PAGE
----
The Breeze - Issue #16

3 new climate tech funds: Lowercarbon Capital, Pale Blue Dot and Prime Impact Fund

The Breeze is a free weekly email about climate tech investing.

The big news in climate tech this week is that 3 firms unveiled their early-stage climate-focused funds: Lowercarbon Capital, Pale Blue Dot, and Prime Impact Fund.

As those in VC know, a lot of things have to go right to raise a fund. It’s a slog. Kudos to these teams. The 3 funds are a win for our emerging climate tech industry.

I’m excited that all 3 are focused on early-stage startups because that’s where we need fresh capital the most. The late-stage capital is there and growing, with big cleantech and climate tech funds like Breakthrough Energy Ventures, G2VP, and Energy Impact Partners. Some of the $1B+ mainstream tech VC firms like to get into late stage climate tech, and there’s increasingly more project finance capital available like Generate’s $1B fund.

The earliest part of the ecosystem is coming together too, with numerous accelerators like Elemental Excelerator, Techstars + The Nature Conservancy, YC’s Carbon track, LACI, Third Derivative, Urban-X, Petri and more. CTVC has a helpful running list for reference.

What I’ve observed to be the hard part for startups is making the jump to the first institutional seed round. There’s a funding gap here: there just aren’t enough early-stage climate-focused funds yet. (I mention a handful in Issue #2.) Mainstream seed funds are dipping their toes into climate and sustainability investments, but they’re still on the learning curve. If your average startup has to meet with 50 firms before getting funded, they won’t get funded as there aren’t 50 climate tech funds. We need more early-stage capital coming into the space for good ideas to have a shot at getting to market.

The flip side is that there’s still plenty of room for new entrants. I hope that the next wave brings in diverse investors because we need to fund a diverse range of solutions to address our warming planet. I’m happy to see that all 3 of these funds are cofounded by women. I’d love to see more people of color involved. As we’ve discussed in the last two weeks, climate is a racial justice issue, Black and Latinx people are disproportionately affected by climate change and care more about it, and diversity in hiring leads to better outcomes.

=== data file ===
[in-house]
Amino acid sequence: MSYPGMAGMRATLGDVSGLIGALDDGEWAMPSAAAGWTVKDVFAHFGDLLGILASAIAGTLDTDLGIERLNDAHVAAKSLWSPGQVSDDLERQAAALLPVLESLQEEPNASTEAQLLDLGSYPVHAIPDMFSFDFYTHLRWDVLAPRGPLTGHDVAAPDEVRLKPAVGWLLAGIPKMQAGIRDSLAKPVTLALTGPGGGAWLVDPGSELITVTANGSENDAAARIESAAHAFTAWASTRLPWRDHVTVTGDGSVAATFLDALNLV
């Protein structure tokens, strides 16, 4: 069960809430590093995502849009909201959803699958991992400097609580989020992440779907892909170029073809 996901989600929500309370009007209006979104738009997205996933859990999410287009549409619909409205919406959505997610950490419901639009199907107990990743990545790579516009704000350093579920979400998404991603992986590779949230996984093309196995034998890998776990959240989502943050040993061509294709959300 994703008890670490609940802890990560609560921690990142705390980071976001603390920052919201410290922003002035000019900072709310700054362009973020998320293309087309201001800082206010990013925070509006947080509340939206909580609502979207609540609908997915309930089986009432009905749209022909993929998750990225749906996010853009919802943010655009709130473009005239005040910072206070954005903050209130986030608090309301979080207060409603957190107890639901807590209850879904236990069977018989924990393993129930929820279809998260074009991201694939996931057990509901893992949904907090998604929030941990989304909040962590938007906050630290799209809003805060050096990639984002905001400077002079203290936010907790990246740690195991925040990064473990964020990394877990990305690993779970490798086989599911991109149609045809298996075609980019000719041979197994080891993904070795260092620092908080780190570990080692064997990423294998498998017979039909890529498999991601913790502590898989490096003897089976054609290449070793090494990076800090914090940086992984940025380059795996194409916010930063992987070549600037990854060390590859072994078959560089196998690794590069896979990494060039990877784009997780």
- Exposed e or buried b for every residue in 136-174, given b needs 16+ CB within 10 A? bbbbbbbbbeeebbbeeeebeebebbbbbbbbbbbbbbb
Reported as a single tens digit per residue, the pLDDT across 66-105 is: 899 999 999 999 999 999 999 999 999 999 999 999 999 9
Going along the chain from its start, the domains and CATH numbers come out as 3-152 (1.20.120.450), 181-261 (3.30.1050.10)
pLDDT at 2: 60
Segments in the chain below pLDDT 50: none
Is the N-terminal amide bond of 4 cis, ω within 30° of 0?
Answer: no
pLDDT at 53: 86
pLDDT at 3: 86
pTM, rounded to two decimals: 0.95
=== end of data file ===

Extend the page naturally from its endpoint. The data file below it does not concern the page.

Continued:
With people like Lo Toney funding Black-led VC firms like Precursor Ventures, Kindred Ventures, and Equal Ventures out of his new firm Plexo Capital, I’m optimistic. On Wednesday Google committed $100M specifically for Black-led venture capital firms, startups and organizations supporting Black entrepreneurs. On Thursday Facebook pledged $100M to fund Black-owned businesses.

Chris Sacca of Lowercarbon Capital thinks it’s an ideal time for women and people of color to be getting into VC. He sees the door opening for underrepresented investors and thinks they should take it. He and his wife are putting millions into dozens of new funds. I hope some of these follow their lead in funding climate tech (more below).

I’ve been fortunate to have gotten to know partners at all 3 of the newly announced funds over the past few months, and in addition to bringing in capital the ecosystem needs, they’re great people too. Let’s take a closer look at each one.

Lowercarbon Capital

Lowercarbon Capital was cofounded by Chris Sacca and his wife Crystal English Sacca. They are providing the initial funds, so it’s technically a family office. Chris hinted at raising funds from outside LPs in the future. Clay Dumas, who previously worked in the White House during the Obama administration, is an investing partner.

It’s a big deal that Chris is beating the drum for climate tech. He’s a mainstream investing icon, and the technorati respect his track record. Chris is known for his previous firm, Lowercase Capital, being possibly “the best seed portfolio in history” with investments in Twitter, Instagram and Uber garnering fund returns north of 200x. He’s also a fixture on Shark Tank.

Lowercarbon invests in companies that “reduce CO2 emissions, remove carbon from the atmosphere, and actively cool the planet.” The manifesto on their website is worth a read. Chris believes that climate tech companies will win the in marketplace, not just as do-gooders:

We don't think guilt and shame change behavior at scale over the longterm. Instead, we will win by giving markets clean, decarbonizing options that are cheaper, faster, cooler, and easier. People who don't vote like we do nevertheless buy our stuff because it's just plain better.

Sacca’s background is in software, so it’s great to see the firm is also doing non-software climate solutions like hardware and materials. It sounds like it’s paying off. Chris says, “Make no mistake, the deals at Lowercarbon are already generating outsized returns. Fixing the planet doesn't have to be charitable. It's good business.” Read more on Axios.

Pale Blue Dot